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US President Joe Biden struggled at times in the highly anticipated presidential debate with rival Donald Trump. Photo: dpa

China faces no-win scenario regardless of who tops the US presidential debates: analysts

  • The two candidates differ only in how they will wage strategic competition against China, and Beijing must ‘prepare for both scenarios’, observers say
Despite a subdued performance by the incumbent, the debate between US President Joe Biden and his predecessor Donald Trump did not tilt the race definitively towards the challenger, according to diplomacy experts in China who watched the event.
Regardless of which candidate wins in the November election, the result would be the same “harmful competition” with China seen as a strategic rival, despite their different tactics, they said.

“This debate is unlikely to be a game changer in the current campaign landscape, where Trump is leading in overall polls and swing state polls,” said Diao Daming, a professor of international relations at Beijing’s Renmin University. “It might put Biden at a disadvantage against Trump among some key states and voter groups.”

Things could change in the rematch over the next 130 days, and Biden’s shaky position in the polls might be a result of less consolidated support from Democratic voters, in stark contrast to the more unified support Trump enjoys from Republican voters, he added.

“Even if Biden’s performance fell short of expectations, the first debate was held early, by historical standards, which could give Biden time to mitigate or minimise the adverse impact of this debate on his election bid,” Diao said, noting that Biden’s team would certainly be under more pressure now.

Both Biden and Trump pushed to debate in June, three months earlier than presidential debates are usually held. The event also took place before the major party conventions, where the Democratic and Republican nominees will be formally announced.

Biden failed to assuage concerns over his age and physical capabilities, experts said.

US presidential debates were not as much contests over policy differences, as they were subjective match-ups for voter or viewer impressions, Diao said, adding that while neither candidate had an outstanding performance, Biden’s was arguably the weaker of the two.

Sun Chenghao, a fellow and head of the US-EU programme at the Centre for International Security and Strategy at Tsinghua University, said that if Biden’s performance was unsatisfactory, having the debate earlier in the election year could limit an unfavourable impact on the actual election results.

“This debate has had a significant short-term impact, generating some disarray within the Democratic Party. The biggest issue for the party is that they do not have a viable alternative to Biden who can unite the party and effectively challenge Trump,” Sun said.

It was important not to overstate the impact of this debate, Sun said, adding that there was still plenty of time before the election.

“We need to wait and see how things unfold.”

A patron watches US President Joe Biden debate Republican presidential candidate and former president Donald Trump during a debate watch party. Photo: AP

A new survey released last week showed that Trump was leading polls in six of seven swing states – Arizona, Georgia, Wisconsin, Nevada, Pennsylvania and Michigan – while Biden split with Trump in Minnesota. Trump has maintained a slight edge in the swing states for months.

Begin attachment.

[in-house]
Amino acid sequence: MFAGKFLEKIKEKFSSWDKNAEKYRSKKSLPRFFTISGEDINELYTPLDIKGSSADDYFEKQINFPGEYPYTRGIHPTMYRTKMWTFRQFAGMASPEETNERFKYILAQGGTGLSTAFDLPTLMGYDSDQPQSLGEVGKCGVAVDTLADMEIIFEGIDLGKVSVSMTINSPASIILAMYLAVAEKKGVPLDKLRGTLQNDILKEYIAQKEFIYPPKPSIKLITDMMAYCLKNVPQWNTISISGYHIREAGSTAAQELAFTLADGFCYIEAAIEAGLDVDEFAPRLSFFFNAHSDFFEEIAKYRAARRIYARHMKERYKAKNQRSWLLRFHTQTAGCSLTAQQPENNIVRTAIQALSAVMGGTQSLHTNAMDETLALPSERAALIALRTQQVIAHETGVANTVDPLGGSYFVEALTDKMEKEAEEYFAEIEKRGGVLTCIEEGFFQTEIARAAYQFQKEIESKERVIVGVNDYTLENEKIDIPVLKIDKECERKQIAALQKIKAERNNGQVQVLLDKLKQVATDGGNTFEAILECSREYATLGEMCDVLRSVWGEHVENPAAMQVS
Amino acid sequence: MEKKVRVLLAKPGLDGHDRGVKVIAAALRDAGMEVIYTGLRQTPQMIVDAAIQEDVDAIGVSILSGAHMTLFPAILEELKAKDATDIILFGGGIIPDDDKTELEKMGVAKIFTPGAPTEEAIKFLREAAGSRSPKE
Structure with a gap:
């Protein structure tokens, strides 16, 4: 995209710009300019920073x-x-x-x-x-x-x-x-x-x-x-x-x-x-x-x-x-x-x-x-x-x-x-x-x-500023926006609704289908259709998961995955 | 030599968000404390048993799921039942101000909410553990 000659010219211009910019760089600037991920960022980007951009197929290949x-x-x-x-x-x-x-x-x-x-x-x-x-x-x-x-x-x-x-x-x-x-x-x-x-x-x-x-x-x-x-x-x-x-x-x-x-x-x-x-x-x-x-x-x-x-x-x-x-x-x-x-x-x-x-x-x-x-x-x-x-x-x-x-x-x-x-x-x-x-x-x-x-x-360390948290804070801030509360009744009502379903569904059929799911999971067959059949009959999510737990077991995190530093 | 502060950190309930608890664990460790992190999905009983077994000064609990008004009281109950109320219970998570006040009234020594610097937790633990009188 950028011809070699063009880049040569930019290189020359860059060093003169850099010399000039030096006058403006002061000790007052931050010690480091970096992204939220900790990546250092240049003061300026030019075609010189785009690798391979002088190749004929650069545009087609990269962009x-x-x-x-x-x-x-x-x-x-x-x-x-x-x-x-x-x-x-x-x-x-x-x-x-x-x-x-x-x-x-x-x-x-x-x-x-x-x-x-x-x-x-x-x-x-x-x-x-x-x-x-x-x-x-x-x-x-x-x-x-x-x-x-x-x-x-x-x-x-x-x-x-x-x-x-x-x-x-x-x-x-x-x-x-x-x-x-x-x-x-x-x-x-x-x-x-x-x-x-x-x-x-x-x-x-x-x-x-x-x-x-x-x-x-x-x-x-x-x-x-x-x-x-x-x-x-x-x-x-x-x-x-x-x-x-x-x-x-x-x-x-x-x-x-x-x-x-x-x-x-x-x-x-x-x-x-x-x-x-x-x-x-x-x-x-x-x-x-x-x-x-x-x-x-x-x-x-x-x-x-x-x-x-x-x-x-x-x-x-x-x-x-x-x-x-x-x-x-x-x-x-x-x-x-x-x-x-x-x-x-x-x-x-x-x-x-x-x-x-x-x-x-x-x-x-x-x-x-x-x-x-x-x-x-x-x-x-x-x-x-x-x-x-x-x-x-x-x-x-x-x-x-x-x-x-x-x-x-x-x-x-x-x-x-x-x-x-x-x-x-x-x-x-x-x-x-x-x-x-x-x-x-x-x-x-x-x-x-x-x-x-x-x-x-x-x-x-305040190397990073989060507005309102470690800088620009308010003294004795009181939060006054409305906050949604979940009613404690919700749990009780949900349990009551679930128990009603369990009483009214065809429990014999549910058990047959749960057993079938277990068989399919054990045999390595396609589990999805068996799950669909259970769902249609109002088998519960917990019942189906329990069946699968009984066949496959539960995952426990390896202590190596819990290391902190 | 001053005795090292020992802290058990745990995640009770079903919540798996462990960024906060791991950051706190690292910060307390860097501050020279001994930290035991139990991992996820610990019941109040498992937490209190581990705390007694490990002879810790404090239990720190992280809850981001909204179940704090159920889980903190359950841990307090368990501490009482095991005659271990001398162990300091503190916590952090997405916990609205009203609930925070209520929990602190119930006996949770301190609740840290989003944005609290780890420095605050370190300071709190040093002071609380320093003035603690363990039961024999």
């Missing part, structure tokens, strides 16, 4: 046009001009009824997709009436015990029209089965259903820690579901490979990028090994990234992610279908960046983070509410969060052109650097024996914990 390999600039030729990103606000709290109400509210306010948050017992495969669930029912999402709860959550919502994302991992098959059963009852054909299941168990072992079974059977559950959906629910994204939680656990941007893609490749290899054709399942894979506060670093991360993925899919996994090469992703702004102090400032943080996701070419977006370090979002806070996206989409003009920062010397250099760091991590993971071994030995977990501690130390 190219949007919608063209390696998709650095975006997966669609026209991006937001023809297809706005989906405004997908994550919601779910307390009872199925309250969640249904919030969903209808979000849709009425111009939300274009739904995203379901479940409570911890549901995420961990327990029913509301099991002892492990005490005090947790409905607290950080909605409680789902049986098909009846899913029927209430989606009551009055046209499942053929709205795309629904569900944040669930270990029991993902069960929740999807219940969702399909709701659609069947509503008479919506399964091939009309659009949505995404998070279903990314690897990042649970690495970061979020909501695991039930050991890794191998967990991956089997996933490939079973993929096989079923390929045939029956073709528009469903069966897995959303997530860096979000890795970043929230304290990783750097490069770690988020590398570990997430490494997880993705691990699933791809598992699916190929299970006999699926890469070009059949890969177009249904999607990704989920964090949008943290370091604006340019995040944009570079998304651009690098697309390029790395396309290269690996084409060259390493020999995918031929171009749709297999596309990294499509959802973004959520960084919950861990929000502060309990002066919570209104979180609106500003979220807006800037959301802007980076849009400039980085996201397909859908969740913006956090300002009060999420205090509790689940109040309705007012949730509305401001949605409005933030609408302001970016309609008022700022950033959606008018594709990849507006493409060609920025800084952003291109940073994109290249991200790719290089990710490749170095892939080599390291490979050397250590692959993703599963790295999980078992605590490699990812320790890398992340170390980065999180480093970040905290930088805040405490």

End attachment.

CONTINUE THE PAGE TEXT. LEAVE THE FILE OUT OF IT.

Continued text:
Lu Xiang, a research fellow in US studies at the Chinese Academy of Social Sciences (CASS), said Trump had a higher chance of re-entering the White House, as several states previously considered key battleground states “have now clearly leaned towards Trump”.

“Trump is basically going to win the election if the Democrats cannot beat Trump through judicial means,” Lu said. “The debate is unlikely to impact the final outcome. In these states, I believe Trump’s performance in the debate – good or bad – will not change their choice.”

But China will face a lose-lose situation no matter who wins the election, according to observers, who said either candidate would continue to wage a strategic competition against China.

“This election will not alter the domestic and international issues facing the United States, nor will it change the strategic direction the US has already demonstrated towards China,” said Renmin University’s Diao.

US President Joe Biden and former US president Donald Trump participate in the first 2024 presidential election debate. Photo: dpa
Sun, from Tsinghua University, agreed, adding that “neither major US party is offering any fresh look on how to deal with China: it’s all about strategic competition. Regardless of who wins, this general direction will remain unchanged.”

China was a “passive participant” in this competition with the US, and it did not actively seek to engage in such a strategic rivalry with Washington, he added.

“Within the broader framework of strategic competition with China, the two candidates differ only in their techniques or tactics of how to implement this strategy.

“For China, the outcome is the same: harmful competition will continue, and there is no clear preference or significant difference between Biden and Trump,” Sun said.

He stressed that Beijing now had experience dealing with both men, and would “prepare for both scenarios”.

Lu, from CASS, said uncertainty in US-China relations was likely to increase. “China will do what it can to establish some certainty amid the uncertainty, but Beijing cannot control how the structural changes could evolve,” he said.

“For China, each candidate has advantages and disadvantages. But the key issue is how it can better interact with the US in the coming period and work towards stabilising bilateral relations. This is something that will require effort from both sides,” Sun said.